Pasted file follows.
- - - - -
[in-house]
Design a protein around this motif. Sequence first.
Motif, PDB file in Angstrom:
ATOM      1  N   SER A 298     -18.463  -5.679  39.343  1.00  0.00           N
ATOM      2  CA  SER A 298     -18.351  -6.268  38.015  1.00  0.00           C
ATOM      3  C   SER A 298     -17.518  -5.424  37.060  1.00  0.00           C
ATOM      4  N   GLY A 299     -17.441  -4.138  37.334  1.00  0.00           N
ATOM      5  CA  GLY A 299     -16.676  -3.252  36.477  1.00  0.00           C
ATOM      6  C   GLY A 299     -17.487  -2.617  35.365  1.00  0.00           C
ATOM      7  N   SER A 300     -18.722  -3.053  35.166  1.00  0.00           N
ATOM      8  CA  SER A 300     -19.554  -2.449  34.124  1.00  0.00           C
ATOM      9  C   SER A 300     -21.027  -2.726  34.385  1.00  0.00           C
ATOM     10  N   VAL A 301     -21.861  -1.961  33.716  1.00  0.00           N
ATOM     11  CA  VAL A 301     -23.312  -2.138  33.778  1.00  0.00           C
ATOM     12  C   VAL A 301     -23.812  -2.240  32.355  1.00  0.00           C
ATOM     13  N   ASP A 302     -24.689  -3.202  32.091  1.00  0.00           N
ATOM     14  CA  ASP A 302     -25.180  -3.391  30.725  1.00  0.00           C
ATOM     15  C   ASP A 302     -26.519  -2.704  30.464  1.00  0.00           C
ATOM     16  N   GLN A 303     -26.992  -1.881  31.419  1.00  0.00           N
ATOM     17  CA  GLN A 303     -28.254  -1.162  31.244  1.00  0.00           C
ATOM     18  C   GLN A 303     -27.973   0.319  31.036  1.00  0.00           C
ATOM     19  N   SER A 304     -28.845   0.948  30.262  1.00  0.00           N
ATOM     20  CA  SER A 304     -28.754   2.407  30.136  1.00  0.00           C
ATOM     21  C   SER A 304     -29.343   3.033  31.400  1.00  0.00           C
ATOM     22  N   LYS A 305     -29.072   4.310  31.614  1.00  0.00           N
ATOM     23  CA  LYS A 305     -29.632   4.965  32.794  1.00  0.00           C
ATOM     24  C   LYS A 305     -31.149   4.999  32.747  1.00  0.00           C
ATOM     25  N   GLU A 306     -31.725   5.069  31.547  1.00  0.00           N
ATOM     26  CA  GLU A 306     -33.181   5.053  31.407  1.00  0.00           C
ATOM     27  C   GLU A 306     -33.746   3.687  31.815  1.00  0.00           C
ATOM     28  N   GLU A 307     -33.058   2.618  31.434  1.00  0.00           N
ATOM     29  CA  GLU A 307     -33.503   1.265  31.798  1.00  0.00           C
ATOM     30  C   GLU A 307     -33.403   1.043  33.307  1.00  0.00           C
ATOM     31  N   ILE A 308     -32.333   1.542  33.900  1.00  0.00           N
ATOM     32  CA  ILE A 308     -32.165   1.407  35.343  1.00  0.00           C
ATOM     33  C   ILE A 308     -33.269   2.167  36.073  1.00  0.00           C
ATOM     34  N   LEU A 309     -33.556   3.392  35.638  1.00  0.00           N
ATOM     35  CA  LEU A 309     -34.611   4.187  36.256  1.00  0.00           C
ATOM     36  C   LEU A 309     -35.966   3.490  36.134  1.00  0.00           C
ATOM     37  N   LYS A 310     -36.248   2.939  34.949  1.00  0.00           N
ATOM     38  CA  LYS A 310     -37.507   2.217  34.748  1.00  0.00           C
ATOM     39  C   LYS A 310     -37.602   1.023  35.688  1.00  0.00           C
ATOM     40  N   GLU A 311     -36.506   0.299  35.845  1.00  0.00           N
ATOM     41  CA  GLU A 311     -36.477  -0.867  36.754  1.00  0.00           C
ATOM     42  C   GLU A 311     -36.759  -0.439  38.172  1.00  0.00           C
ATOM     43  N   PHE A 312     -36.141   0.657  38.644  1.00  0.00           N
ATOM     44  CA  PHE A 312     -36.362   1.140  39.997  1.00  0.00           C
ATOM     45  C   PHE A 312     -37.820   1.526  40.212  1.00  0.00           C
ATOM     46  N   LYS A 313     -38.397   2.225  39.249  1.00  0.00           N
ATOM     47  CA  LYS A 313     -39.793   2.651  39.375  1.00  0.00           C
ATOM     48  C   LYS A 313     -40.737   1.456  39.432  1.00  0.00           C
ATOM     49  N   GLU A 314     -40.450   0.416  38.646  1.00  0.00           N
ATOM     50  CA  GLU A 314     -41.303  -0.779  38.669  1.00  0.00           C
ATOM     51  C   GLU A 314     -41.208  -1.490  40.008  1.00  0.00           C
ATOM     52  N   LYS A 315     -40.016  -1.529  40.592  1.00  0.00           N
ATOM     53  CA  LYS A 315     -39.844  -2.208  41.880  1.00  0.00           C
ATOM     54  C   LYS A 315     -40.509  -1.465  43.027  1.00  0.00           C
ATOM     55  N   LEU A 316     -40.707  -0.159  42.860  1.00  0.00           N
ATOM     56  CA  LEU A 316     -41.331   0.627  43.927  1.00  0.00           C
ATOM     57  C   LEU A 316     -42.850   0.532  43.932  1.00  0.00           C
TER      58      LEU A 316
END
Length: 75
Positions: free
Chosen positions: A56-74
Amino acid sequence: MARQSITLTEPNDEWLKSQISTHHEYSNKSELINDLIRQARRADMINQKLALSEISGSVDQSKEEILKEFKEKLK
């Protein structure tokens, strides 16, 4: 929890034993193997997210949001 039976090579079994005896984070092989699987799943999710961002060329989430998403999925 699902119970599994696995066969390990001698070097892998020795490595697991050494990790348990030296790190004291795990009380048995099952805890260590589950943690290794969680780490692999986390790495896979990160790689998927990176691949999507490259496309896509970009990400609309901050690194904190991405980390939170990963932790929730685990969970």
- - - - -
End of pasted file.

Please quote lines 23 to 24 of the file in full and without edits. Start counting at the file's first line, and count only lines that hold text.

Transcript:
ATOM     20  CA  SER A 304     -28.754   2.407  30.136  1.00  0.00           C
ATOM     21  C   SER A 304     -29.343   3.033  31.400  1.00  0.00           C